Key to that performance is the powerplant – a new high-efficiency 2.0-liter four-cylinder engine (M20A-FKS) rated at 169 horsepower and 151 lb-ft of torque in the UX200 delivering 33 mpg combined, and a new-generation Lexus Hybrid Drive powertrain in the UX250h that boasts 38 mpg. The hybrid system combines a slightly different gasoline four-pot (M20A-FXS) in the UX200 with two electric motors resulting in 175 hp. That’s around 25 horses more than the C-HR, a significant amount in a car this size and drops 0-62 mph time from 9.2 (in the UX200) to 8.7 seconds.
With high-speed combustion tech and VVT-iE intelligent variable valve-timing, the engines offer all the poke you need around speed-restricted towns, while being highly economical. Perhaps the most important piece of kit in the UX, however, is the Direct Shift CVT (DCVT).
In this system, a mechanical gearset is used for start-off and low-speed driving, before transitioning to the CVT pulley system that – free from having to get the car rolling – boasts a wider range of gear ratios.
The ‘Direct’ part of the name refers to quick bursts of linear acceleration the mechanical first gear provides, which is then followed by the seamlessly smooth changes of the continuously variable transmission. It works beautifully, and for enthusiasts that like to be aware of gear changes, Lexus offers Active Sound Control (ASC) that pumps fake gearshift sounds into the cabin.
Stockholm is a unique place to drive, the city consisting of a cluster of islands with narrow roads that snake across bridges with roundabouts at every turn. The ideal testing ground for the agile UX, then. The electric power steering provides decent steering feel while the tight turning radius makes the UX extremely easy to maneuver, taking U-turns with ease and making parking a doddle. Smooth, quiet, effortless to drive, the UX absorbs a lot of the stress associated with city driving.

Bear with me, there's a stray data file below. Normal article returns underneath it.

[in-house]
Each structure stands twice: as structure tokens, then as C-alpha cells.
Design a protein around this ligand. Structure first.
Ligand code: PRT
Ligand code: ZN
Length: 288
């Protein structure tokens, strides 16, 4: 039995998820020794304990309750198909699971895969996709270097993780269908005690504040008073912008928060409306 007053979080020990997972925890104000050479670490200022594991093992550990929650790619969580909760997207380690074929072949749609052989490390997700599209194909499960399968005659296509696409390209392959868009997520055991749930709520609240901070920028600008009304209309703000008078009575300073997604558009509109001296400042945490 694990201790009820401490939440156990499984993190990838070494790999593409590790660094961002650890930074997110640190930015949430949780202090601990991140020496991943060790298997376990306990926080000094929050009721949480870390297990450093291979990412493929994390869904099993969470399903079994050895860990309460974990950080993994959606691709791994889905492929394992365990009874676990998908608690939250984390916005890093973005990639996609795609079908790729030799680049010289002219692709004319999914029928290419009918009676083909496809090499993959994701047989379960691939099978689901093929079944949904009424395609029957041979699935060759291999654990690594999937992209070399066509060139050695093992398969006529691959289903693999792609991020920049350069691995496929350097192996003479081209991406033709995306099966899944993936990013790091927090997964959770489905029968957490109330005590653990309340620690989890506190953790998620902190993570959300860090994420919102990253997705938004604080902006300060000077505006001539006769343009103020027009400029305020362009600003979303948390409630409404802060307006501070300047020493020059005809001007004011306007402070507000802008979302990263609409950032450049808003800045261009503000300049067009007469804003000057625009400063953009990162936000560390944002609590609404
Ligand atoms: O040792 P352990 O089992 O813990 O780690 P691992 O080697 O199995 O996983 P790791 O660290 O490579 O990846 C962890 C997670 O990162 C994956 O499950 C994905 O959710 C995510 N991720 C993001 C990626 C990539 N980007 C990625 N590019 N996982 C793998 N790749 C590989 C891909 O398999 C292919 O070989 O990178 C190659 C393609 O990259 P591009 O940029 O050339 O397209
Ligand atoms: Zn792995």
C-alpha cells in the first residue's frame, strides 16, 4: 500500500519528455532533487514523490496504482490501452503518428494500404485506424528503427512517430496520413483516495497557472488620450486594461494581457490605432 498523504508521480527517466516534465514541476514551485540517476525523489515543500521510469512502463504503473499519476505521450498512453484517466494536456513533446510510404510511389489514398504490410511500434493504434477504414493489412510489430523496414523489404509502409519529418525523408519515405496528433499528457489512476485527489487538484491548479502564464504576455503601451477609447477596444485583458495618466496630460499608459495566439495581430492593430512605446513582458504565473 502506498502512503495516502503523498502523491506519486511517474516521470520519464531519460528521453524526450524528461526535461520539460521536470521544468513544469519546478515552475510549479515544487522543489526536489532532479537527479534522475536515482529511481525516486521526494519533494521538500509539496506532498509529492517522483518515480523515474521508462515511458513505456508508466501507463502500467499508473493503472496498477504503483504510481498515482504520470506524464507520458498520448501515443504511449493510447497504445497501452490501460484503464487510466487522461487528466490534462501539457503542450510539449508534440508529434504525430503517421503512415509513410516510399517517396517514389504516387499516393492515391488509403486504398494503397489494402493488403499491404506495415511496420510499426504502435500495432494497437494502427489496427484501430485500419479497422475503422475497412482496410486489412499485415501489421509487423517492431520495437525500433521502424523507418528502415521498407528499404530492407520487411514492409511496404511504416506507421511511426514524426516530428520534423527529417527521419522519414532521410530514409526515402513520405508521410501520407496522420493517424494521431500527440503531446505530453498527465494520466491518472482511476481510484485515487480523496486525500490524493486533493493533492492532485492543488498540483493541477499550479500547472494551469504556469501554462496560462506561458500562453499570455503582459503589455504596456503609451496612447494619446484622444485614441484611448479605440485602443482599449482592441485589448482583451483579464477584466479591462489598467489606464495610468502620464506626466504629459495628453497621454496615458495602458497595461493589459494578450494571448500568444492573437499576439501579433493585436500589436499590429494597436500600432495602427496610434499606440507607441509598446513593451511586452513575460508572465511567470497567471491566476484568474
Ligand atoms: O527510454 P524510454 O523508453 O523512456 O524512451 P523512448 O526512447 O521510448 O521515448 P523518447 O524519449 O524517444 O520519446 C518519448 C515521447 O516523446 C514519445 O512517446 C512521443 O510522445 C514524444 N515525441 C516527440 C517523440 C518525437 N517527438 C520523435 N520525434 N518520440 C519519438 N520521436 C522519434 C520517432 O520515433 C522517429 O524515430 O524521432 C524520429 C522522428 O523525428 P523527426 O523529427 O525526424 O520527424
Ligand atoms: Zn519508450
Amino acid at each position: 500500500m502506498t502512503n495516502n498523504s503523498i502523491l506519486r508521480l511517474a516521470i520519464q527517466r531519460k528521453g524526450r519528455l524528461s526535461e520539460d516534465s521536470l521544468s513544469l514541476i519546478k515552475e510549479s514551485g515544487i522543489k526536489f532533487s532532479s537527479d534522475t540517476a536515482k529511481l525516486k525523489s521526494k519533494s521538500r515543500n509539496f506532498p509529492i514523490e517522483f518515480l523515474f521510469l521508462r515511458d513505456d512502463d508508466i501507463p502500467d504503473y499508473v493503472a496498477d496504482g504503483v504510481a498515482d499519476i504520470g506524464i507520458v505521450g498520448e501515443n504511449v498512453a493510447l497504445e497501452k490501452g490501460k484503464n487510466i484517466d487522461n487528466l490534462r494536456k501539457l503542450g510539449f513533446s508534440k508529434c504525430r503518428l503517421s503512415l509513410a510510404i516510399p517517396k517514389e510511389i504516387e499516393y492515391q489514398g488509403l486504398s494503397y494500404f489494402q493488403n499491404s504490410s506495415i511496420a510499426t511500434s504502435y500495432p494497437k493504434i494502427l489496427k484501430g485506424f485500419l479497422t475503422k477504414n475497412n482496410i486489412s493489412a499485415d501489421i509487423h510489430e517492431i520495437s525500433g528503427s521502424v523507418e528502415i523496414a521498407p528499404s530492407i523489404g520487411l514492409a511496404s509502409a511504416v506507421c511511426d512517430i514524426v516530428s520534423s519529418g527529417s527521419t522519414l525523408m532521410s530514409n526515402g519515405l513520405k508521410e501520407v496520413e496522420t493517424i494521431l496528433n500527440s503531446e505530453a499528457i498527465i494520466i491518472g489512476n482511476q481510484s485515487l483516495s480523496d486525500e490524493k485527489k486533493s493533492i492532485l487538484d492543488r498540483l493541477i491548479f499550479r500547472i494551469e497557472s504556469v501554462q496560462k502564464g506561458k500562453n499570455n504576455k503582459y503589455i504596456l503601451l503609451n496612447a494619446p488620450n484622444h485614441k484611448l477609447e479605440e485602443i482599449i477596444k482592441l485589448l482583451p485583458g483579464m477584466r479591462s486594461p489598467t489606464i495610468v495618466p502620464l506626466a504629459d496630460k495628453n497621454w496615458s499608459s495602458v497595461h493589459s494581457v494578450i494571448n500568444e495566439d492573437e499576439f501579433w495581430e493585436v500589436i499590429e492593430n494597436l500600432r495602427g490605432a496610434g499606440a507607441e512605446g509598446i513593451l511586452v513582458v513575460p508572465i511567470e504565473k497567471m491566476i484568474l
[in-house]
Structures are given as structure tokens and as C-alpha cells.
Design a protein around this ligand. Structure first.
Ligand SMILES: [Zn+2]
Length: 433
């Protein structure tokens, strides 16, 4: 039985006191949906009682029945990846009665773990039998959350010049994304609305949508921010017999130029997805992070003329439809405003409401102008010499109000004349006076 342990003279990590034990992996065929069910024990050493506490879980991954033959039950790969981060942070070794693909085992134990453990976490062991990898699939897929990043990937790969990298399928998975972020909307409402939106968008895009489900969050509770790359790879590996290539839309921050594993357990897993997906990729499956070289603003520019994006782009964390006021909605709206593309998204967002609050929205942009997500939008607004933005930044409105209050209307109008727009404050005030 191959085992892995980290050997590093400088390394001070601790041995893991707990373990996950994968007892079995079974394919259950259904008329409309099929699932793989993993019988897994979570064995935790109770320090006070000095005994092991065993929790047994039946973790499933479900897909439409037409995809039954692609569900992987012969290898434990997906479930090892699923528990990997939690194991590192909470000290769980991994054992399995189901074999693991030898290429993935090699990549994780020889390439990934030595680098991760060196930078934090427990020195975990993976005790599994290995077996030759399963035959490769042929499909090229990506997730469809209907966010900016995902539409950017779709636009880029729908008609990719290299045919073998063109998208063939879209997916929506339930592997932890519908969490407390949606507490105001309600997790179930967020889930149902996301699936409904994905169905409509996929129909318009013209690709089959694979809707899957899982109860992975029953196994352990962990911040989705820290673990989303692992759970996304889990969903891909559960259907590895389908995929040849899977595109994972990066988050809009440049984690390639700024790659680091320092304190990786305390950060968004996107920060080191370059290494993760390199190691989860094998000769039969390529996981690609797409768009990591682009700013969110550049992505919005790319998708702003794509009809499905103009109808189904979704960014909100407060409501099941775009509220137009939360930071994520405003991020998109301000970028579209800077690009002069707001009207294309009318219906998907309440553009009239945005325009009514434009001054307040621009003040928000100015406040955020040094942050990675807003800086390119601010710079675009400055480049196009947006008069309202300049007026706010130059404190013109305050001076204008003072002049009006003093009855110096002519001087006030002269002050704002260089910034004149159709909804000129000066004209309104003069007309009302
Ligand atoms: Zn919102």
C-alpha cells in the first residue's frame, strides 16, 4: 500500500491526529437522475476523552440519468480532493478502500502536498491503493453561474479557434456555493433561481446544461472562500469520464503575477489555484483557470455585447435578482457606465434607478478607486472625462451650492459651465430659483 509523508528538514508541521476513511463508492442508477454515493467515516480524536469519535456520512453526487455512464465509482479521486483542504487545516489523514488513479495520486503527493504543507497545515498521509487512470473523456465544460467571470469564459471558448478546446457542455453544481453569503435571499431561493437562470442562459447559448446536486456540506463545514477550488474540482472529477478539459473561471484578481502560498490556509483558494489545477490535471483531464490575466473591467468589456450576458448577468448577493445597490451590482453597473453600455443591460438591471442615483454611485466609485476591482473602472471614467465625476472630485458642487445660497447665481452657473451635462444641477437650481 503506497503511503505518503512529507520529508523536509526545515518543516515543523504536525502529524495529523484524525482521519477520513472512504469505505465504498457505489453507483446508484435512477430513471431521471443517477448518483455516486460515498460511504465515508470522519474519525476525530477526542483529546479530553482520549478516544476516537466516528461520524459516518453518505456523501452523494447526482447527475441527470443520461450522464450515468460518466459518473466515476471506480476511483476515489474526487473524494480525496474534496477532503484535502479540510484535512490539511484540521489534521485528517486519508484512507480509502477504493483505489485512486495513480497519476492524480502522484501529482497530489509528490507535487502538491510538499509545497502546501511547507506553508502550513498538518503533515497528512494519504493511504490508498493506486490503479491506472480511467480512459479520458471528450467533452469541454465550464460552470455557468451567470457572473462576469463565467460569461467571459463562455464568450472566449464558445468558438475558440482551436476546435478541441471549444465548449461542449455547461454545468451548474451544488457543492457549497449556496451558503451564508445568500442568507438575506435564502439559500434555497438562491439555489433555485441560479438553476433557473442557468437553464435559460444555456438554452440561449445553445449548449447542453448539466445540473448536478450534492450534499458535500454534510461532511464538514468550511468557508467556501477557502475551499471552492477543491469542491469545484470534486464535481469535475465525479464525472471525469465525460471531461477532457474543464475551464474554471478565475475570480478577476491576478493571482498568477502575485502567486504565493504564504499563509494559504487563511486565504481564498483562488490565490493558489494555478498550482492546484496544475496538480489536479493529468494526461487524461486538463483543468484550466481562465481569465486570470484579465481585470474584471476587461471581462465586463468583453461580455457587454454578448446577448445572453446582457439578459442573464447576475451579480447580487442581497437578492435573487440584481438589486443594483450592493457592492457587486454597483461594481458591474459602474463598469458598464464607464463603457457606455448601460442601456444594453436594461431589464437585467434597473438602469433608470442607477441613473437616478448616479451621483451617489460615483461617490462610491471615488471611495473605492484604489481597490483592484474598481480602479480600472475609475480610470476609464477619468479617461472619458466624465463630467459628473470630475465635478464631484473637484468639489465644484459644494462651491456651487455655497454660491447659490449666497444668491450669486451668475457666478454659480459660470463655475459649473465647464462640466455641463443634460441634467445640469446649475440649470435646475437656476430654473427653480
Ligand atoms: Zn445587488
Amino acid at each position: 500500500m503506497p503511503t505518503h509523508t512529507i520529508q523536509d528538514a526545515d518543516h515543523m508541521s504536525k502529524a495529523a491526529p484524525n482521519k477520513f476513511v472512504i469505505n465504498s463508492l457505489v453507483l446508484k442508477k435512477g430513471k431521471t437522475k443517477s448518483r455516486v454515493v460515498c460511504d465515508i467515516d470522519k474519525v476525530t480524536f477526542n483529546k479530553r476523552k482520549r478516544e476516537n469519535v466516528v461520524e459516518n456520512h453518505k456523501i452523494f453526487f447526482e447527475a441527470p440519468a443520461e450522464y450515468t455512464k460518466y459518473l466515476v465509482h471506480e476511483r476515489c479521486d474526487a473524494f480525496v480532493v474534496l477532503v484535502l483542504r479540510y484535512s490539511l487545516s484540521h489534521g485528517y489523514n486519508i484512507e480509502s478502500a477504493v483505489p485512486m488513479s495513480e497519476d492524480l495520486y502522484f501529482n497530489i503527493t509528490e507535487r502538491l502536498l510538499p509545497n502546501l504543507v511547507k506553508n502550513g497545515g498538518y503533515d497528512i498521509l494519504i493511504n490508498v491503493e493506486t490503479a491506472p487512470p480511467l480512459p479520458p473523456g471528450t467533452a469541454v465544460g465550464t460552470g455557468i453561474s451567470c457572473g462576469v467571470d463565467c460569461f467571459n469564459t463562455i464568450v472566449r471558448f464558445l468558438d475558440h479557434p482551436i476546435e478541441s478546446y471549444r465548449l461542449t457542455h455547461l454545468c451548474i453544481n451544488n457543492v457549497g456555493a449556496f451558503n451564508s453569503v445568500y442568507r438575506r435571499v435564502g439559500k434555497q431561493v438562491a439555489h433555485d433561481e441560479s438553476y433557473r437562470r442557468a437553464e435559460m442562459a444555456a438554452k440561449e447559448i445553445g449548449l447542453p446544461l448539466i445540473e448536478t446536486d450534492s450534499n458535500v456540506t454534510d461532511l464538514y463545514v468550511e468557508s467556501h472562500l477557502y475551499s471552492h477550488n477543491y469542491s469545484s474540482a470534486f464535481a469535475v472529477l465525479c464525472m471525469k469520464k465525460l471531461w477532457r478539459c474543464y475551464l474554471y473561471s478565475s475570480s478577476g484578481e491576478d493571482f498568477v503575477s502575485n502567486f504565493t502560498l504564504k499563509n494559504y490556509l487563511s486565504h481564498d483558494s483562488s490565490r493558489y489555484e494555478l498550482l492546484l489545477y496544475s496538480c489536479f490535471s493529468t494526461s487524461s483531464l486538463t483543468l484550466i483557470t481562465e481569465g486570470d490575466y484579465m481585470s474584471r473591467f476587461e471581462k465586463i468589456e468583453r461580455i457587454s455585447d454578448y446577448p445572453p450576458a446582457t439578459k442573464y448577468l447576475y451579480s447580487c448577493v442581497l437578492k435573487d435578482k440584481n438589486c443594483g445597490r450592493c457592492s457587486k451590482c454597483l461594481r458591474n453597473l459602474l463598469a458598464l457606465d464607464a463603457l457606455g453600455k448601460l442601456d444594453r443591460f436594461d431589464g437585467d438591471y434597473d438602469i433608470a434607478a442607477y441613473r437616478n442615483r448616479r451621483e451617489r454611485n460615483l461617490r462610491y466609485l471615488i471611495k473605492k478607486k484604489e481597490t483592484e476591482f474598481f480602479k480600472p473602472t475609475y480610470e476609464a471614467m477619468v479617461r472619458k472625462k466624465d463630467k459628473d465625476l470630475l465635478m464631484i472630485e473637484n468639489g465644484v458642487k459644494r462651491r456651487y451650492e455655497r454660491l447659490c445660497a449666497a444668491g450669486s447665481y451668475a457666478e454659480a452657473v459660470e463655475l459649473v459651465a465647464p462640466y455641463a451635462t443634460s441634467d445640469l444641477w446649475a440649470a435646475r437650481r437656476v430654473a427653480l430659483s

Handsome Exterior, Beautiful Cabin
Even in Sport Mode that sharpens throttle response, the UX is not a sporty car from behind the wheel, but it certainly looks the part with or without the F Sport package.
The signature spindle grille continues to work wonders for Lexus’ identity. On the UX, it features a mesh of individual blocks that decrease in size as they radiate out from the center. Coupled with the arrowhead-shaped LEDs that sit above dual-beam LED headlights or optional ultra-small 3-projecter LED units, the UX has a purposeful look.
Unique Aero Stabilizing Blade Lights, as Lexus calls them, sit atop the rear flared fenders and are easily my favorite exterior feature. They look superb and also help to reduce turbulence and lift, stabilizing the car when cornering. 120 LEDs make up the full-width rear lights, which narrowly taper towards the center for a clean, crisp finish.
The large wheels have been pushed to the corners, framed by arch moldings that dominate the side profile. But not in a good way. I’m not a fan and think Lexus should ditch them, but they’re not a deal breaker either.
A range of colors was on display in Stockholm. Cadmium Orange (below) and Nori Green (above) – my favorite colors on the UX, incidentally – were developed for the UX, while Ultra White and Sonic Blue Mica 2.0 are exclusive to the F Sport.
The top-tier package also includes chassis upgrades in the form of revised springs and stabilizer bars that tightens up the ride and more rigid 18-inch five twin-spoke alloys, but it’s the visual impact of the F Sport that will tempt some 50% of buyers (according to Lexus) to invest in the package.
Exterior enhancements include an exclusive grille design that elegantly meshes together L-shaped pieces, a front bumper with LED fogs, and a revised rear bumper with jet-black trim on the moldings.
Compared to its Teutonic rivals, the UX has more attitude that should appeal to the target demographic. Is it better looking than the Toyota CH-R, though? I’m not so sure.